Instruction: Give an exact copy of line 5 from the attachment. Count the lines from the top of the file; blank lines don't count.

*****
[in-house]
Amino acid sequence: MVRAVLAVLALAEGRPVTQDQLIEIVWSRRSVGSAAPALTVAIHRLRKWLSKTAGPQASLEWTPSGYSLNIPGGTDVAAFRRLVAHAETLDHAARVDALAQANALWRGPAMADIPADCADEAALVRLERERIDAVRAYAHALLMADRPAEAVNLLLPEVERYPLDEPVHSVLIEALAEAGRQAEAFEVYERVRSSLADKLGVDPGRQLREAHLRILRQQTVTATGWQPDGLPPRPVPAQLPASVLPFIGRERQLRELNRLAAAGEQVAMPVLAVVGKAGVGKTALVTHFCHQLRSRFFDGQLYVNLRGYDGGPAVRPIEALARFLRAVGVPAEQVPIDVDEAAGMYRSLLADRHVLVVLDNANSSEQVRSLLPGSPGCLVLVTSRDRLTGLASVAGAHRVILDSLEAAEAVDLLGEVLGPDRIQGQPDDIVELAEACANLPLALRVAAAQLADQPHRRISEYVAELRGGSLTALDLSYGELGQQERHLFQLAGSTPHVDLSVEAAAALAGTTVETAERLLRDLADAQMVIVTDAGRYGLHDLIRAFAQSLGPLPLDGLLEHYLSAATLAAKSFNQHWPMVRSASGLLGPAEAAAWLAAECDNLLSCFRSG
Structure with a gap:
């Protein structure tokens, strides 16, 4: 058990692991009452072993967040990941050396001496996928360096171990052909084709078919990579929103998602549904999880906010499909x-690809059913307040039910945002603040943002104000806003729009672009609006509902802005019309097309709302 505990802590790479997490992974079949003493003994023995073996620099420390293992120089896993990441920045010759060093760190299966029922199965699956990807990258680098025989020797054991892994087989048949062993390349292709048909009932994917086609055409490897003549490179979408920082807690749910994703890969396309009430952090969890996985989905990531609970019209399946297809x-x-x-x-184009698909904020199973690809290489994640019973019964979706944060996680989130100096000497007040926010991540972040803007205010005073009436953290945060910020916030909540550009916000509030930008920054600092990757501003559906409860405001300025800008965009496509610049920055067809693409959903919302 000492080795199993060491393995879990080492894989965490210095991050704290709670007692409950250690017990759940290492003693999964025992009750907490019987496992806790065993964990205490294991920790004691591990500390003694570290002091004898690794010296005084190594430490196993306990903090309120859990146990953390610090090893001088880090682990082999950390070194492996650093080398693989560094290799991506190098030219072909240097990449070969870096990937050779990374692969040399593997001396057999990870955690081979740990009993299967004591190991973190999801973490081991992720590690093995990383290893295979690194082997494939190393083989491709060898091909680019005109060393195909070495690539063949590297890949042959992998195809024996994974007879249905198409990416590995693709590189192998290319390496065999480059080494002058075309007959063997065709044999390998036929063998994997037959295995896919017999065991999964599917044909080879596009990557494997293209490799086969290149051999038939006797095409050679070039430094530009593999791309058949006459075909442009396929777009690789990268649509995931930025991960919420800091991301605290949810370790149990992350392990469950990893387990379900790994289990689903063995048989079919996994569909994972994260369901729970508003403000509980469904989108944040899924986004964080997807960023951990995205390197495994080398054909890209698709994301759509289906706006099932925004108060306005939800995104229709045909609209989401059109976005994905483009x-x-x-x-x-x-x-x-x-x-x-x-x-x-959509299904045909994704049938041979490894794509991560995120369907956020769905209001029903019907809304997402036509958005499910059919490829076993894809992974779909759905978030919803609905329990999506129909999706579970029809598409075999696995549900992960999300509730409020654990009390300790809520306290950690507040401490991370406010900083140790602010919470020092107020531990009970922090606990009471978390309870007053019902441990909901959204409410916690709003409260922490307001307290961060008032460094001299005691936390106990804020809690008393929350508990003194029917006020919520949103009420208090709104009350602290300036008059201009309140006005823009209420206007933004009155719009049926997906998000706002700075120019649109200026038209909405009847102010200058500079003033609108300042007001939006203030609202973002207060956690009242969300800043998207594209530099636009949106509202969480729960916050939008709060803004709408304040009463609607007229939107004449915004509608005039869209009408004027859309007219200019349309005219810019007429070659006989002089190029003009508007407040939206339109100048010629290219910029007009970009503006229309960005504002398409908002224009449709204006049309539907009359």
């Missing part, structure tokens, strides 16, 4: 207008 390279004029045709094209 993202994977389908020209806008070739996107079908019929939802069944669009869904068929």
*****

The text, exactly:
């Missing part, structure tokens, strides 16, 4: 207008 390279004029045709094209 993202994977389908020209806008070739996107079908019929939802069944669009869904068929």